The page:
Katie Barnett from Vinton County, Ohio is not having a good week.
Ohio’s 10TV recently reported that when Barnett came home after returning from vacation, she discovered all the belongings in her house were gone. It turns out that First National Bank was responsible for the repossessing, but here’s the kicker: Barnett doesn’t bank there.
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“They repossessed my house on accident, thinking it was the house across the street,” Barnett says. “They told me that the GPS led them to my house. My grass hadn’t been mowed and they just assumed.”
When contacted for a comment, First National Bank had the gall to say that a GPS had guided them there. Reporters for 10TV conducted a test on their car’s own GPS, and they were pointed to the correct house with no trouble at all. Does First National Bank think people are stupid, coming up with such a weak excuse?
On top of an already horrible experience of getting her possessions taken away, Barnett sent an itemized list over to First National Bank, insisting to be compensated, as is her right. Not surprisingly, she was turned down by the bank, “[The First National Bank president] got very firm with me and said, ‘We are not paying you retail, that’s just the way it is.’”
Barnett wants First National Bank to compensate her $18,000 for the items that had been taken away, and the bank has demanded that she show them receipts for all the items, which is absolutely ridiculous. How would it be possible to produce receipts for all the items, especially when Barnett wasn’t expected to replace or return them in the first place? Such an unreasonable request from First National Bank is probably one of the many reasons why Americans are still wary with banks.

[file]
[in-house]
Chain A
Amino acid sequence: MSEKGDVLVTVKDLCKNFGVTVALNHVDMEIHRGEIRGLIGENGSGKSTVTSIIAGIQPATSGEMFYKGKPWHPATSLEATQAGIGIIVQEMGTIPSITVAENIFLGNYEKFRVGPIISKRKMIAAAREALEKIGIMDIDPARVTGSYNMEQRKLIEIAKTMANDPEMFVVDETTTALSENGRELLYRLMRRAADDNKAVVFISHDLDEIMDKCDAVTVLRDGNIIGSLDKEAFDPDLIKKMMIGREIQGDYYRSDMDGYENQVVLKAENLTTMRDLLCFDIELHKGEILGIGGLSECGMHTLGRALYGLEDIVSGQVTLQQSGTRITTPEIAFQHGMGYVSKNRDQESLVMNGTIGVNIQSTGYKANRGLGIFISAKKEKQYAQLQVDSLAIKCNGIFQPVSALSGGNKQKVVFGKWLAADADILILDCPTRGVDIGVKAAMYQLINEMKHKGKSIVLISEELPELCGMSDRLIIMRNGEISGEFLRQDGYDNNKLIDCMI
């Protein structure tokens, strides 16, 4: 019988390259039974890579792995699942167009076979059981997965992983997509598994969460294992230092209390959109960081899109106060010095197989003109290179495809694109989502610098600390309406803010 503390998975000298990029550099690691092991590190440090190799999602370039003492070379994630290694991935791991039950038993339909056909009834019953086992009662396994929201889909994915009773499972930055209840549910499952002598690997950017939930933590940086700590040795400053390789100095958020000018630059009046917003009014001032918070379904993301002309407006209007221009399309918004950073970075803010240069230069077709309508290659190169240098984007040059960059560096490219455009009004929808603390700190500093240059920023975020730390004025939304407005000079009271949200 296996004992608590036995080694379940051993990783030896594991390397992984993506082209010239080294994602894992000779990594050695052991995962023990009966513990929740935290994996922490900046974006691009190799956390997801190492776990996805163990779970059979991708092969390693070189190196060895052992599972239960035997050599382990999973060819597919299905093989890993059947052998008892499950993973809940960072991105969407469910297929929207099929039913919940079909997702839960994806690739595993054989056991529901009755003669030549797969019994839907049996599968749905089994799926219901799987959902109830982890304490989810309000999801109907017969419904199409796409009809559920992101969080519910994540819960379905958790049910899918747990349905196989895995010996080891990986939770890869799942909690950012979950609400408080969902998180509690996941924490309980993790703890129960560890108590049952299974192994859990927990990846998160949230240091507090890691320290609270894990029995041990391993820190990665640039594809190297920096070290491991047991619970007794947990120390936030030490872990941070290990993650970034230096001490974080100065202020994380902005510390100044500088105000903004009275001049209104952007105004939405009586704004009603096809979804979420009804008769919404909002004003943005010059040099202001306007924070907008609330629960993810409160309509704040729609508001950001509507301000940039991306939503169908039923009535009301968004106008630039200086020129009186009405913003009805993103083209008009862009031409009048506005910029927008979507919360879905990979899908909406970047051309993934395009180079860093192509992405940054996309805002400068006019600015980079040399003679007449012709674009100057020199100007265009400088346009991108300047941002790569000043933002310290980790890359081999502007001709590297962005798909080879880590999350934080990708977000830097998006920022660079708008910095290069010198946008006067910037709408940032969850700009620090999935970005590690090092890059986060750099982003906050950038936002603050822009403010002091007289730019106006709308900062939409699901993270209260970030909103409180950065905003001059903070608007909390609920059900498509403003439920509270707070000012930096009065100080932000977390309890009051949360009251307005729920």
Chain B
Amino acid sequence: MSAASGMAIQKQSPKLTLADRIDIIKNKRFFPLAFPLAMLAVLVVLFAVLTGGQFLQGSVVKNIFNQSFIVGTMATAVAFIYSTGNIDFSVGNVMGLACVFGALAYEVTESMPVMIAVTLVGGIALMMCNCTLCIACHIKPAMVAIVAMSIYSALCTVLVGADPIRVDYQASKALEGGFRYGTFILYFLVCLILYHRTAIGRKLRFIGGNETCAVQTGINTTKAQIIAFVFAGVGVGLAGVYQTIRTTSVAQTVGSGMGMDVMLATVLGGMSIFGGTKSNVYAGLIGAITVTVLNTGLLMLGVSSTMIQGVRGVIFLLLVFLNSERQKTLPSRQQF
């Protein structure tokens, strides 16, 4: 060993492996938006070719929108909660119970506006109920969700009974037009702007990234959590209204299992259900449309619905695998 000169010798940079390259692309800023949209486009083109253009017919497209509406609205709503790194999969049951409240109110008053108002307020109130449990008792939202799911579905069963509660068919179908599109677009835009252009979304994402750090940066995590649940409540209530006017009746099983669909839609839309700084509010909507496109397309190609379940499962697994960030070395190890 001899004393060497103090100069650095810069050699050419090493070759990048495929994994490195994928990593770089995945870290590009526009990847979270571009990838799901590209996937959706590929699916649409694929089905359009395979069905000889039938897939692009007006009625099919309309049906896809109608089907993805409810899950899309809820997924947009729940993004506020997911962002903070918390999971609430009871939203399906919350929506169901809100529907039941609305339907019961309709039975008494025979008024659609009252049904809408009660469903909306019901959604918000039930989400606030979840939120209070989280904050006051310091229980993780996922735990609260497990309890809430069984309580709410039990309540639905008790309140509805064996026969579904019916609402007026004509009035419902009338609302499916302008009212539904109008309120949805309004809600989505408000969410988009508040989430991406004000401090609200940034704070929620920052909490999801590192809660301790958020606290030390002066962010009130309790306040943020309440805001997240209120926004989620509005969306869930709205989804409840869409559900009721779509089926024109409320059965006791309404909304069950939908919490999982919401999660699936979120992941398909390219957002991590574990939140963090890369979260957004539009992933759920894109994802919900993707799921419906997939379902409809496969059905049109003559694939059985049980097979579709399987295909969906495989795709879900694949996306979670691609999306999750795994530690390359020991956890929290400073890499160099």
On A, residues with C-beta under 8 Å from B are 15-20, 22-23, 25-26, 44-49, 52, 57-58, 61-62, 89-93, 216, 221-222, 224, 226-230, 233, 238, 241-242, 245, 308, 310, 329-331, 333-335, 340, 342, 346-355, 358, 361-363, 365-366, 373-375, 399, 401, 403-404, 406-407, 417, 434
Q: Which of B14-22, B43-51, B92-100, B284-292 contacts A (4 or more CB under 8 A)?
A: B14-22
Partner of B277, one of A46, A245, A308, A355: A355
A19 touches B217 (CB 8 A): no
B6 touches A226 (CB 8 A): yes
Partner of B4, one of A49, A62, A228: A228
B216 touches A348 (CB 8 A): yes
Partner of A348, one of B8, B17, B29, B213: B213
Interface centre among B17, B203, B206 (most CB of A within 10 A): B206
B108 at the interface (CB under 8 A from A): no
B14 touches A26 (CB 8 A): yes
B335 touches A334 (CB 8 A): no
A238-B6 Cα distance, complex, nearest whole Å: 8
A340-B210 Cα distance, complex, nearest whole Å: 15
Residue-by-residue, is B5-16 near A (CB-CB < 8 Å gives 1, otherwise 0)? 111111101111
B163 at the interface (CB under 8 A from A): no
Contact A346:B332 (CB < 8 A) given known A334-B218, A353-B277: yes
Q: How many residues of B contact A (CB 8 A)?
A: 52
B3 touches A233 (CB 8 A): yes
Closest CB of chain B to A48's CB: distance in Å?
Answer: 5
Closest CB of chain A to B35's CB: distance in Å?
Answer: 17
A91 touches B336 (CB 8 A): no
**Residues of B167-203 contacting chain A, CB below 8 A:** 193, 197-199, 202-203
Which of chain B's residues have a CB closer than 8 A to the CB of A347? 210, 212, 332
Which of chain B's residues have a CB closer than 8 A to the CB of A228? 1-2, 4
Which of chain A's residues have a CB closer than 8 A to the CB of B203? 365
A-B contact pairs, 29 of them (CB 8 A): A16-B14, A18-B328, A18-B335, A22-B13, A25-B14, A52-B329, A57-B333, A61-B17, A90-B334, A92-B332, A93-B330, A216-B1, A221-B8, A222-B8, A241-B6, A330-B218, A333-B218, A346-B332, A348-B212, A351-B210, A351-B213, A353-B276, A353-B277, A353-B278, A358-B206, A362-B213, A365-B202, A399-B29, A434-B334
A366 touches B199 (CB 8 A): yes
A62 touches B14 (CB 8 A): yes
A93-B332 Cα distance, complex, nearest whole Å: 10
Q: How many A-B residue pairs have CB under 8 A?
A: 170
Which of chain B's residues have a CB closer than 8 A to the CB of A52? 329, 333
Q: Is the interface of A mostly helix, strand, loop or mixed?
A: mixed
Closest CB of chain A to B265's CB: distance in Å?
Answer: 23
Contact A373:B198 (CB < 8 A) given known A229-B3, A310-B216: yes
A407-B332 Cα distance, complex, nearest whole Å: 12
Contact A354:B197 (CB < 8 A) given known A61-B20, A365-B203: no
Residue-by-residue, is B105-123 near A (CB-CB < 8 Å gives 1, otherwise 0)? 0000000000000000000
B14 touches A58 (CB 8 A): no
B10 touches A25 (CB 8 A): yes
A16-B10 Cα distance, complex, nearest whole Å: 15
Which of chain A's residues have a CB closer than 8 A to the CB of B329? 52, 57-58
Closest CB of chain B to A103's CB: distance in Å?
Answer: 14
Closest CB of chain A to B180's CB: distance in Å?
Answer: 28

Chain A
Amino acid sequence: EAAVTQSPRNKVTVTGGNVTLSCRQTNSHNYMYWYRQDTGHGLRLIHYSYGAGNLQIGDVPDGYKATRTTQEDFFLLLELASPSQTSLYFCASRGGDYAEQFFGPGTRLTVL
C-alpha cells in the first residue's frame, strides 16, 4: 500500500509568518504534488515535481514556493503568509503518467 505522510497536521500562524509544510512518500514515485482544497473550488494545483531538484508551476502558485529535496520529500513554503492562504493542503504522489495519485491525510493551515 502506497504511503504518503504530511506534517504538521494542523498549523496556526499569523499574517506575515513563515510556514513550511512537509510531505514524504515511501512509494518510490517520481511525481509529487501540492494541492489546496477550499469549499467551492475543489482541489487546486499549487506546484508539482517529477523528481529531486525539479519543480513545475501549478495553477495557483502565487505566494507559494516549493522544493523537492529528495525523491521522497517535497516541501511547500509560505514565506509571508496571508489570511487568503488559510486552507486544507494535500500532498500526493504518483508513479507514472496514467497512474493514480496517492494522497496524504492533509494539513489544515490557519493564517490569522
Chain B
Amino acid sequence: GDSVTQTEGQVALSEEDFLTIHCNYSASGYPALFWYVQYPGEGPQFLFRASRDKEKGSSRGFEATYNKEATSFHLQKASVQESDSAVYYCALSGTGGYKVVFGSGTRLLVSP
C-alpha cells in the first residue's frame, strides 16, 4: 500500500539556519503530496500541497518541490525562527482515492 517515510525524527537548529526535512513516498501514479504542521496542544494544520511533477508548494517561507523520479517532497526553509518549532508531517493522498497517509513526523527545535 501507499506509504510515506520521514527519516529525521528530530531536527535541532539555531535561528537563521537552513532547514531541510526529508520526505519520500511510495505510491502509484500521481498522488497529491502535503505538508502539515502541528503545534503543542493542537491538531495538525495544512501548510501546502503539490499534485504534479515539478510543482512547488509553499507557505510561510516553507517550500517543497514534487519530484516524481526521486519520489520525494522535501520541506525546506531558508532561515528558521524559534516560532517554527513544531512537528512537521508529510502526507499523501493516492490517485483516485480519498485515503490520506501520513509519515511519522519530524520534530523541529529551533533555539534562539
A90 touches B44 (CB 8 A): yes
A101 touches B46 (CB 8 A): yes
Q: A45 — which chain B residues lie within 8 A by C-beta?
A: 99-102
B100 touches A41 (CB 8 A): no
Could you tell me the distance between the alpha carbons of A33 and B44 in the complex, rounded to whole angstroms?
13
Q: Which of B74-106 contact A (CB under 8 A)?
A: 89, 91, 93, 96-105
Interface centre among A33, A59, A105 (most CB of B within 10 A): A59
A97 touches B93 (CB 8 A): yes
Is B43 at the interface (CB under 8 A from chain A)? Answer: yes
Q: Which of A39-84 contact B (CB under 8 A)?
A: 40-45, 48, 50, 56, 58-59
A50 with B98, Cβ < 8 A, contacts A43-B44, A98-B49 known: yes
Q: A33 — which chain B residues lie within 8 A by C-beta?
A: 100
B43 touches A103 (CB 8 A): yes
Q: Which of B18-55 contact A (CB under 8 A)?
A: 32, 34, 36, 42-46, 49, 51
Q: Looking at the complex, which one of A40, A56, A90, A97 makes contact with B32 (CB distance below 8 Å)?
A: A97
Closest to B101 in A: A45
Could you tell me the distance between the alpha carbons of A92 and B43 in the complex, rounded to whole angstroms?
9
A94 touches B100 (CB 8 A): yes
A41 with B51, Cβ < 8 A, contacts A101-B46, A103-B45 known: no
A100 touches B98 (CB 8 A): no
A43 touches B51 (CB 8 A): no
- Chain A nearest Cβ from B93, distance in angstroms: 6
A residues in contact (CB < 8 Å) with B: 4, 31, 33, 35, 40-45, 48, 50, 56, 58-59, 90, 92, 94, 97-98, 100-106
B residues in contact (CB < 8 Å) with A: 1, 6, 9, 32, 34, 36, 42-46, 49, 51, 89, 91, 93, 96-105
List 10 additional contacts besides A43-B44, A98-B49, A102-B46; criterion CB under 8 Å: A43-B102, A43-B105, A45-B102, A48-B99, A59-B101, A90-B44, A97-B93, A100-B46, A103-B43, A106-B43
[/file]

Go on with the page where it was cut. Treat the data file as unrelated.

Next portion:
“It wouldn’t have been a big deal if they had stepped up to say, ‘I’m sorry, we’ll replace your stuff,’” says Barnett. “Instead, I’m getting attitude from them, they’re getting sarcastic with me. They make it sound like I’m trying to rip the bank off. And all I want is my stuff back.”
The latest update on the situation is that First National Bank is attempting to work with Katie Barnett to rectify the situation, but it doesn’t look like the bank wants to claim full responsibility.
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